SAFEGUARDING & WELL-BEING
Safeguarding & Child Protection
Schools launching virtual learning platforms and online classrooms should review their existing child protection and safeguarding policies and consider implementing specific guidelines. These might address, for example:
- where students and teachers should be located when they join virtual classrooms. E.g. for virtual classrooms, students should where possible be located in an open area in their house within earshot of parents;
- how teachers and students interact with each other online, what are the do’s and don’ts around language, sharing of any personal contact details and sharing of material during virtual classrooms;
- what teachers and students should do if they are worried about someone or something they witness in an online platform? For example:
- are students able to report easily to a nominated person in school?
- are teachers able to contact parents if they are worried about a student on a call, or block a user if that user starts sharing inappropriate material in a virtual break-out session?
- do you know how to report any illegal content that might be shared online?
- are managers/child protection staff able to enter virtual classrooms to observe lessons on an ad hoc basis?
- is the school storing messages so that it can review material afterwards if necessary, and is this being done in accordance with relevant privacy laws?
- if it is necessary to have one-to-one counselling sessions virtually, how is the school protecting the student and the counsellor? For example, could you have a parent be present at the start and the end of the session?
View this CIS guidance on Keeping Students Safe and Protecting their Well-being in online and remote learning environments.
This ICMEC Safer School Infographic sets out key principles of e-learning and child protection. Read the guidance from Tim Gerrish, a CIS Affiliated Consultant, and his colleagues at The Child Protection Advisors.
This guidance on Safeguarding in Schools during COIVD-19 from the UK government sets out key principles for schools, including information about their child protection policies.
View this SWGfL Safe Remote Learning for information about safeguards to put in place when organising classes online.
View this NSPCC Lone Working Guidance for information about how to protect staff, faculty and young people involved in one to one sessions.
Mental health & well-being of staff, faculty, parents and carers
The role of the counsellor
For guidance on the role of the school counsellor during online and remote learning, please see this Position Statement issued by ISCA.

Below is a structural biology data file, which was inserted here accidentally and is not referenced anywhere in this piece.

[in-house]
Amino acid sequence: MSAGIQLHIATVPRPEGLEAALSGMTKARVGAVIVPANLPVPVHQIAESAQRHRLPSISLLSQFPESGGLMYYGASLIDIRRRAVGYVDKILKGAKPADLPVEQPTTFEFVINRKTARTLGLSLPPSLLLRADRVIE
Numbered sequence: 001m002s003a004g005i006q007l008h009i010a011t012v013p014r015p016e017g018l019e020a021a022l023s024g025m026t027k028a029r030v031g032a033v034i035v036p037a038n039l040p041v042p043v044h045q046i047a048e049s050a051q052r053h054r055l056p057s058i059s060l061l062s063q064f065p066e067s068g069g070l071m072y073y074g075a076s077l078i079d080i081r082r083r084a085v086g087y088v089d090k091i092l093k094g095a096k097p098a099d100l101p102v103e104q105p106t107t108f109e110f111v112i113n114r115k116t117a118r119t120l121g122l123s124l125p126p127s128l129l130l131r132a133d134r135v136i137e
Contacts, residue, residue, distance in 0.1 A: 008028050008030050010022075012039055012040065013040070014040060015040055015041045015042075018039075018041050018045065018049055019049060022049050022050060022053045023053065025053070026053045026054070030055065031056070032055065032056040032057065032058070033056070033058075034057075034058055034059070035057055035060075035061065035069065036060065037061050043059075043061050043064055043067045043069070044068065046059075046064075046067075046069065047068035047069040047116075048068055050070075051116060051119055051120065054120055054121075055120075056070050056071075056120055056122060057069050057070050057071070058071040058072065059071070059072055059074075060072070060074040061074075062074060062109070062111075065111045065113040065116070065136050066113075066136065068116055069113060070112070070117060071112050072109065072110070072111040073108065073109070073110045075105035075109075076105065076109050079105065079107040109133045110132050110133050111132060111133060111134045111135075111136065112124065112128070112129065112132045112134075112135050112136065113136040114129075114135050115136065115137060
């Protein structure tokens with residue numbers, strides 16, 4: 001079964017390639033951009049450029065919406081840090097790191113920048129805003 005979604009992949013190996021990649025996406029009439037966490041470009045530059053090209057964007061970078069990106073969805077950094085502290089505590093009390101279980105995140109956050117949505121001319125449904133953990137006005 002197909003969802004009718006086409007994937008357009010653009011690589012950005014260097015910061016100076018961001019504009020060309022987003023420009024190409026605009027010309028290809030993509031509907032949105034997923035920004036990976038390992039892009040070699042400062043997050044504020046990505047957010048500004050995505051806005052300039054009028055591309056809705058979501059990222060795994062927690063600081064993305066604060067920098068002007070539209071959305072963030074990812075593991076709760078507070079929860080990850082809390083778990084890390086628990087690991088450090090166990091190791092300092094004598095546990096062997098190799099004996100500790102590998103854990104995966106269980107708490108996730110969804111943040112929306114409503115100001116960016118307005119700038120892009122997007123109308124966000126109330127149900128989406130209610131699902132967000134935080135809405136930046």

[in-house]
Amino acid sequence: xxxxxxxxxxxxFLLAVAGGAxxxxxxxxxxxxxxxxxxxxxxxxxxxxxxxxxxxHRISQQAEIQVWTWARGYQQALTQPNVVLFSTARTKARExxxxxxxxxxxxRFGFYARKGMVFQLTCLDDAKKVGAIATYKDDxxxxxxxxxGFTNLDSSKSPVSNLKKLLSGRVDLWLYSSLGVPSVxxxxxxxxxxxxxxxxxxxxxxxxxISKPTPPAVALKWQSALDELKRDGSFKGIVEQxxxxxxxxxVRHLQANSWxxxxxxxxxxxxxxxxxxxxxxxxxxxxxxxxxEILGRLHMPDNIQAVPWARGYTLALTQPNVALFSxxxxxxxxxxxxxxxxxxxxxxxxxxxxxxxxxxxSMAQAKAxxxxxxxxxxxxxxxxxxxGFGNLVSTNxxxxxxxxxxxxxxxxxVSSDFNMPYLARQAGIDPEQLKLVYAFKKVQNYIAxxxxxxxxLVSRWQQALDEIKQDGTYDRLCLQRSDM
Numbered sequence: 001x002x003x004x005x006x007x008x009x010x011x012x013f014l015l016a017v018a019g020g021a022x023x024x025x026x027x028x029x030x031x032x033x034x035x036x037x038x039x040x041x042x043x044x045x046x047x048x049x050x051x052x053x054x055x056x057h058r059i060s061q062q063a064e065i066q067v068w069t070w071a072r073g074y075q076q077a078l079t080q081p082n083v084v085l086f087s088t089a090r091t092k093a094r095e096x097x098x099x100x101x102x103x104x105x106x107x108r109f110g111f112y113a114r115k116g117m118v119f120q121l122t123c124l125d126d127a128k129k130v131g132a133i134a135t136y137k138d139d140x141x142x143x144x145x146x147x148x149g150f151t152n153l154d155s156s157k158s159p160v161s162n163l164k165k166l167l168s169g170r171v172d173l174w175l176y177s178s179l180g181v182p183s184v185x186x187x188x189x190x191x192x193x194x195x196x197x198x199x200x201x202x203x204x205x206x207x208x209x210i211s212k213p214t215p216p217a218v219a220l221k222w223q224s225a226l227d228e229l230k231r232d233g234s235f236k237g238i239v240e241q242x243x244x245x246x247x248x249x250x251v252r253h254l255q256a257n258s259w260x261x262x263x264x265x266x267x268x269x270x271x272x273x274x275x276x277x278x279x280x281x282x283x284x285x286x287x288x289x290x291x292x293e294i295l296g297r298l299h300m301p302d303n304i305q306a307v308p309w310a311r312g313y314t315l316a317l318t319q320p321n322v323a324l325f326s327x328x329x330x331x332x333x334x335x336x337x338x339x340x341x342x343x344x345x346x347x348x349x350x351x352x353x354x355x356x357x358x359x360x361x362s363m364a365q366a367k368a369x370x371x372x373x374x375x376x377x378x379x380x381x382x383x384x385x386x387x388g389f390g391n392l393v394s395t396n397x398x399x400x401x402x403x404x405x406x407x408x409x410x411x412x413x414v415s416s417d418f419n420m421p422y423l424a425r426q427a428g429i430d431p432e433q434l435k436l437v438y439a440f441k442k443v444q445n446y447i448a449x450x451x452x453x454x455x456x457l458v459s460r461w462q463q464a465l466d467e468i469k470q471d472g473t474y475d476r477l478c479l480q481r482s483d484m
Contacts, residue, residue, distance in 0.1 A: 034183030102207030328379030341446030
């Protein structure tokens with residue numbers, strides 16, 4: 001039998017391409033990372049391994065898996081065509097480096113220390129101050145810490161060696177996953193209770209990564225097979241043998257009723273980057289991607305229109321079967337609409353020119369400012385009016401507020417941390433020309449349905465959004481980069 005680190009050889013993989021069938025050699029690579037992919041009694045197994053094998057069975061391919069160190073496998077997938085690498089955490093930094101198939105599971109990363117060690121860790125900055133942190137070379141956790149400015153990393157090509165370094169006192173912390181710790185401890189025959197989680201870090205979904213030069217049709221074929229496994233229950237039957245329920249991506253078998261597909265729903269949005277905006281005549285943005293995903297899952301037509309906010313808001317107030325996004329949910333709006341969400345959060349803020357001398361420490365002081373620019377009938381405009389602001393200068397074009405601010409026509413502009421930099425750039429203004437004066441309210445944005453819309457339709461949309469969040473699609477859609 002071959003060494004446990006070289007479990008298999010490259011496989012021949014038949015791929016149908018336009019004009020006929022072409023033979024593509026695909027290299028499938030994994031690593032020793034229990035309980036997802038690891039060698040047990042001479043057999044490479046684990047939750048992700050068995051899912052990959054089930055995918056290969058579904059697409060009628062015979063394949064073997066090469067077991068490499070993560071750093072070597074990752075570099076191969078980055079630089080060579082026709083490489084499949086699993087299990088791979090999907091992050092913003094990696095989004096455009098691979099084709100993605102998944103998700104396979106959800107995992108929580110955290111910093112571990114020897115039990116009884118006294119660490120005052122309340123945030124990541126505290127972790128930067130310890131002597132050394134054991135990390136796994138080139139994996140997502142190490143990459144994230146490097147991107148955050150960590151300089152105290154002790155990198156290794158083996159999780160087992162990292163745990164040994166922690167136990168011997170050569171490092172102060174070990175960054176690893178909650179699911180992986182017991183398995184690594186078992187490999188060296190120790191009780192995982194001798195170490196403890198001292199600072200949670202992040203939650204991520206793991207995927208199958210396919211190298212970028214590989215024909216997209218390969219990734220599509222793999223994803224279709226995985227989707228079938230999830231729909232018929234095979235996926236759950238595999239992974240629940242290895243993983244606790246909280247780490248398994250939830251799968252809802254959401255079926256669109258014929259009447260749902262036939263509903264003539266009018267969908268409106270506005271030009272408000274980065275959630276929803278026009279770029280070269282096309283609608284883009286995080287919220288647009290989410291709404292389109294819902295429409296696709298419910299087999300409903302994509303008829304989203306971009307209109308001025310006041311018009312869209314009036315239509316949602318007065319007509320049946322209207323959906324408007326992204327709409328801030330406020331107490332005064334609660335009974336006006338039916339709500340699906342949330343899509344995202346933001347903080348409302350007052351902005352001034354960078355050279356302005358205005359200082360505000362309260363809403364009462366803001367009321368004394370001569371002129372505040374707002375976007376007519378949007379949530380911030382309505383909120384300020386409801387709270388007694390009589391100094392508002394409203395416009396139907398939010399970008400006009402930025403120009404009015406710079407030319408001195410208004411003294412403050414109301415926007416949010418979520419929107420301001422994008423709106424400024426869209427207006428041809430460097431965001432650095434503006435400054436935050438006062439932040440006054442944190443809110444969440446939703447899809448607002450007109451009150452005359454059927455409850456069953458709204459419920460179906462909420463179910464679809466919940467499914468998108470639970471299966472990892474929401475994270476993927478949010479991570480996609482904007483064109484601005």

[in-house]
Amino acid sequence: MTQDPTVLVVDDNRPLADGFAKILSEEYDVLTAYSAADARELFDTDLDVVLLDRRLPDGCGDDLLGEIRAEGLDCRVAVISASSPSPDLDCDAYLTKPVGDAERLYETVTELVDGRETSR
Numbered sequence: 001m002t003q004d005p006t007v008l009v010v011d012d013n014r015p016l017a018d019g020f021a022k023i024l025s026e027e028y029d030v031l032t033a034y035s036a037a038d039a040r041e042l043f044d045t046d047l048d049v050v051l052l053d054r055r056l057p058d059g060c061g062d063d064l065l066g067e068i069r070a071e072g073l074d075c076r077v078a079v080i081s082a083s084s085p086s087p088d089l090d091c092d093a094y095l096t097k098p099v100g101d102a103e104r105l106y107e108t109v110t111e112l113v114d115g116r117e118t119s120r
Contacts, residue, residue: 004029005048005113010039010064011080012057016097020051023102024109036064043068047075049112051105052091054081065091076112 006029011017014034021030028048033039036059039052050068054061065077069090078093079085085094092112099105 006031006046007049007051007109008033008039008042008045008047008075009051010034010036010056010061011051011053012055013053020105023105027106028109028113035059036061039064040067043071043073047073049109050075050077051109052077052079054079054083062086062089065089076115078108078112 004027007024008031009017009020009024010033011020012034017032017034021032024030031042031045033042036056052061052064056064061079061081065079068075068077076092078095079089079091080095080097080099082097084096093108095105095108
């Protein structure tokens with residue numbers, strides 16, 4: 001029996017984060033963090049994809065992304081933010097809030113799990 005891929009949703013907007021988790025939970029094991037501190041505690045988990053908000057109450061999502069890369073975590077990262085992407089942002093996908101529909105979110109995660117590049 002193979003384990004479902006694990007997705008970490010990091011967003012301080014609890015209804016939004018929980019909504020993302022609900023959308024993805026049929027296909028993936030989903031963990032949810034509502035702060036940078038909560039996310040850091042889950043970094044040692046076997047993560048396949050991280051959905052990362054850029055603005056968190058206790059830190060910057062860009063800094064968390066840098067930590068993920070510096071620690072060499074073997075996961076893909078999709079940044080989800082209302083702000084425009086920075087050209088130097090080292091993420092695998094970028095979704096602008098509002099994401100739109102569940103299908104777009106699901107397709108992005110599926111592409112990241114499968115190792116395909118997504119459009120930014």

Helplines and Virtual Counselling Organisations
The following organizations offer virtual counselling:
Online Safety Resources
Self-awareness and well-being for educators
Ellen Mahoney reflects on the mental health of educators during times of uncertainty and provides suggestions and resources to help address feelings of powerless or ill-equipped or hopeless. Read more
At the Western Academy of Beijing (WAB), Michelle Chow-Liu Head of HS Counseling explains that they have “mobilized our mentors and have been connecting with their students every day. We worked closely with Ellen Mahoney [Sea Change Mentoring] to implement this and the closure has catapulted the mentor program in a seriously good way. The mentors have helped to ensure no students fall through the cracks and everyone has someone they are connected to. As counselors (comprehensive) we have tried to keep our day to day schedule and have ran some zoom meetings for parents and we will be expanding to students as well. We are offering our study in <destinations> coffee morning sessions online. For students, we will be planning some grade level meet ups as well. Staying connected is difficult at this time, but not impossible. Stay well all.
Resources to share...
with your students
Find a trusted child helpline in your country. Read more
Childline has created a new webpage with information for children about coronavirus.
YoungMinds has published advice on:
- Looking after your mental health while self-isolating
- What to do if you are anxious about coronavirus
- Talking to your child about coronavirus
Student Minds has produced guidance and links to resources to help students:
- Look after their mental health
- Guidance for those with ongoing mental health difficulties
- Looking after your health if self-isolating
- Tackling xenophobia
- Supporting friends & family
with your parents and carers
The NSPCC has produced advice for parents who are worried a child or young person may be struggling with their mental health or has anxiety about Coronavirus: Talking to a child worried about coronavirus (COVID-19)
This parents and carers toolkit offers practical online safety advice for parents and carers and this NSPCC advice for parents includes tips and guidance for parents about how to keep themselves and their children safe online.